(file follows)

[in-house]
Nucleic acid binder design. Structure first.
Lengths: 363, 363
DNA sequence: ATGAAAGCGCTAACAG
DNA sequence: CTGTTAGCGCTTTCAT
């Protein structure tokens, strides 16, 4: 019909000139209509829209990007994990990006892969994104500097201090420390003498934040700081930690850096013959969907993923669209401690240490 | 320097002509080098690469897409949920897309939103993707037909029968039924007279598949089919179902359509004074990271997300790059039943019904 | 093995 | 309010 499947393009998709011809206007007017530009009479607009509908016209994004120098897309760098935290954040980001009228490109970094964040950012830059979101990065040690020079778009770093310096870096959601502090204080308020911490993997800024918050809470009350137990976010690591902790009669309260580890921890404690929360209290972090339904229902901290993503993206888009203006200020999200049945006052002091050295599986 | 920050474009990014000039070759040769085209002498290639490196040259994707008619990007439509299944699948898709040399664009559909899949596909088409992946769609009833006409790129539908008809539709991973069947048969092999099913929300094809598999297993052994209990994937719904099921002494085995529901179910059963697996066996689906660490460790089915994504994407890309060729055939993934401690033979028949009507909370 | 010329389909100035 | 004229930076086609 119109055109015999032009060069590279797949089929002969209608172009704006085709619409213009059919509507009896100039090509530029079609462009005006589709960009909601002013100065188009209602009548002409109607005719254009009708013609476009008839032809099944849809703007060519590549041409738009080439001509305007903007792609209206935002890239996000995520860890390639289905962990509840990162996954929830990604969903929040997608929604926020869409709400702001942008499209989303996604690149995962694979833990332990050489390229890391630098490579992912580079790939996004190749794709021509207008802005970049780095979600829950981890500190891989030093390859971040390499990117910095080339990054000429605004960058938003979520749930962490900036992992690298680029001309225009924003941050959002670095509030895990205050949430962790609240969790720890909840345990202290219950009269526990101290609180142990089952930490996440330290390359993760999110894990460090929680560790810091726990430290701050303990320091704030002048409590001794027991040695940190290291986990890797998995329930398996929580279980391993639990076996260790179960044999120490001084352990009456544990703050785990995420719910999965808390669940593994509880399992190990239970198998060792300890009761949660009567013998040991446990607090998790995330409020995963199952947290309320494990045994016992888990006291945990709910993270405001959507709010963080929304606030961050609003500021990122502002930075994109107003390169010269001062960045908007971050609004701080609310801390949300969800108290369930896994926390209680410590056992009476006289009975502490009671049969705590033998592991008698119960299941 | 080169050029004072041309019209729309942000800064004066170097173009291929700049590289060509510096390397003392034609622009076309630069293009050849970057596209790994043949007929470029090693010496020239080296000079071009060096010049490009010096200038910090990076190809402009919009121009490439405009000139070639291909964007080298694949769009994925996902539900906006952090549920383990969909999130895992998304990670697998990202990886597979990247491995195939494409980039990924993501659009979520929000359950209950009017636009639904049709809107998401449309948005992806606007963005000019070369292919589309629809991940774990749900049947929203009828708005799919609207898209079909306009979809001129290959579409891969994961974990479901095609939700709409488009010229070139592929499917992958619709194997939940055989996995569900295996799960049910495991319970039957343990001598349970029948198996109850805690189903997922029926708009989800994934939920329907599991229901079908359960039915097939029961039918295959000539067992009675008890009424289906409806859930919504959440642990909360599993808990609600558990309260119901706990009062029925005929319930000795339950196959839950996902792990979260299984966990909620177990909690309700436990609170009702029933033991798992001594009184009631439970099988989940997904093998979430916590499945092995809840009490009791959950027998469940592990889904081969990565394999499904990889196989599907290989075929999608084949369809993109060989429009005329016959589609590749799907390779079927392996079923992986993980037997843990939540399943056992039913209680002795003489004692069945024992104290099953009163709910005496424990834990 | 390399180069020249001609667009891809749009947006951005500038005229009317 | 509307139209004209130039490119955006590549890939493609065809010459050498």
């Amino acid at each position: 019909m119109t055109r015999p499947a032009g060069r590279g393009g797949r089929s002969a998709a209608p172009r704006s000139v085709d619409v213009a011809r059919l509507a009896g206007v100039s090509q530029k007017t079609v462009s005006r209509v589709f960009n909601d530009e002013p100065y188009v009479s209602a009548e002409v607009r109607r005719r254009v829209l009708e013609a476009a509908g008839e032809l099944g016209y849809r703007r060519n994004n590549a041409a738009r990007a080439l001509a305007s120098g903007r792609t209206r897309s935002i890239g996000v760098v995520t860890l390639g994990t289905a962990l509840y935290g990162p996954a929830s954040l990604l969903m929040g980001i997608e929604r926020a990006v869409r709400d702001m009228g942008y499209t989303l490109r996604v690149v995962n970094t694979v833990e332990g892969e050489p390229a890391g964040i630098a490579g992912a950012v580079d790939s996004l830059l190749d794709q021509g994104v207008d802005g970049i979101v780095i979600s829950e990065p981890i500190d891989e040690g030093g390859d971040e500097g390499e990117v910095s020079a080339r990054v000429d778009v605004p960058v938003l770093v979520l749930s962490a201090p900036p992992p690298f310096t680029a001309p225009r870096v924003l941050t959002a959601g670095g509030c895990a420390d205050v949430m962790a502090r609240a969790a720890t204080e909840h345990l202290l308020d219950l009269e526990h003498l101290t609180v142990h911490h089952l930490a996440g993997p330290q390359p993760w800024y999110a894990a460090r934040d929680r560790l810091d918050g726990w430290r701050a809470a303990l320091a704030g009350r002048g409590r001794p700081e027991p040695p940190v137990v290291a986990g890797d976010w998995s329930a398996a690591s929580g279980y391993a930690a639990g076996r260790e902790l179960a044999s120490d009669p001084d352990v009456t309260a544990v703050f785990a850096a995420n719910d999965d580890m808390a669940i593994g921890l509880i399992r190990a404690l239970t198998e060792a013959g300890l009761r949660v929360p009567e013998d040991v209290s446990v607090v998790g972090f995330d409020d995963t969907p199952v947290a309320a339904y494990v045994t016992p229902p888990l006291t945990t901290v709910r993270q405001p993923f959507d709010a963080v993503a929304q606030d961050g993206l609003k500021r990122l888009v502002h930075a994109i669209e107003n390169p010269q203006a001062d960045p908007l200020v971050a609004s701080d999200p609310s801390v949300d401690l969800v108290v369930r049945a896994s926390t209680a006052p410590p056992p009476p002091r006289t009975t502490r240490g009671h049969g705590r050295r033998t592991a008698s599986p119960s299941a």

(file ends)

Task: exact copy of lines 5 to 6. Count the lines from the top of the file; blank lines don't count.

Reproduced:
DNA sequence: CTGTTAGCGCTTTCAT
């Protein structure tokens, strides 16, 4: 019909000139209509829209990007994990990006892969994104500097201090420390003498934040700081930690850096013959969907993923669209401690240490 | 320097002509080098690469897409949920897309939103993707037909029968039924007279598949089919179902359509004074990271997300790059039943019904 | 093995 | 309010 499947393009998709011809206007007017530009009479607009509908016209994004120098897309760098935290954040980001009228490109970094964040950012830059979101990065040690020079778009770093310096870096959601502090204080308020911490993997800024918050809470009350137990976010690591902790009669309260580890921890404690929360209290972090339904229902901290993503993206888009203006200020999200049945006052002091050295599986 | 920050474009990014000039070759040769085209002498290639490196040259994707008619990007439509299944699948898709040399664009559909899949596909088409992946769609009833006409790129539908008809539709991973069947048969092999099913929300094809598999297993052994209990994937719904099921002494085995529901179910059963697996066996689906660490460790089915994504994407890309060729055939993934401690033979028949009507909370 | 010329389909100035 | 004229930076086609 119109055109015999032009060069590279797949089929002969209608172009704006085709619409213009059919509507009896100039090509530029079609462009005006589709960009909601002013100065188009209602009548002409109607005719254009009708013609476009008839032809099944849809703007060519590549041409738009080439001509305007903007792609209206935002890239996000995520860890390639289905962990509840990162996954929830990604969903929040997608929604926020869409709400702001942008499209989303996604690149995962694979833990332990050489390229890391630098490579992912580079790939996004190749794709021509207008802005970049780095979600829950981890500190891989030093390859971040390499990117910095080339990054000429605004960058938003979520749930962490900036992992690298680029001309225009924003941050959002670095509030895990205050949430962790609240969790720890909840345990202290219950009269526990101290609180142990089952930490996440330290390359993760999110894990460090929680560790810091726990430290701050303990320091704030002048409590001794027991040695940190290291986990890797998995329930398996929580279980391993639990076996260790179960044999120490001084352990009456544990703050785990995420719910999965808390669940593994509880399992190990239970198998060792300890009761949660009567013998040991446990607090998790995330409020995963199952947290309320494990045994016992888990006291945990709910993270405001959507709010963080929304606030961050609003500021990122502002930075994109107003390169010269001062960045908007971050609004701080609310801390949300969800108290369930896994926390209680410590056992009476006289009975502490009671049969705590033998592991008698119960299941 | 080169050029004072041309019209729309942000800064004066170097173009291929700049590289060509510096390397003392034609622009076309630069293009050849970057596209790994043949007929470029090693010496020239080296000079071009060096010049490009010096200038910090990076190809402009919009121009490439405009000139070639291909964007080298694949769009994925996902539900906006952090549920383990969909999130895992998304990670697998990202990886597979990247491995195939494409980039990924993501659009979520929000359950209950009017636009639904049709809107998401449309948005992806606007963005000019070369292919589309629809991940774990749900049947929203009828708005799919609207898209079909306009979809001129290959579409891969994961974990479901095609939700709409488009010229070139592929499917992958619709194997939940055989996995569900295996799960049910495991319970039957343990001598349970029948198996109850805690189903997922029926708009989800994934939920329907599991229901079908359960039915097939029961039918295959000539067992009675008890009424289906409806859930919504959440642990909360599993808990609600558990309260119901706990009062029925005929319930000795339950196959839950996902792990979260299984966990909620177990909690309700436990609170009702029933033991798992001594009184009631439970099988989940997904093998979430916590499945092995809840009490009791959950027998469940592990889904081969990565394999499904990889196989599907290989075929999608084949369809993109060989429009005329016959589609590749799907390779079927392996079923992986993980037997843990939540399943056992039913209680002795003489004692069945024992104290099953009163709910005496424990834990 | 390399180069020249001609667009891809749009947006951005500038005229009317 | 509307139209004209130039490119955006590549890939493609065809010459050498």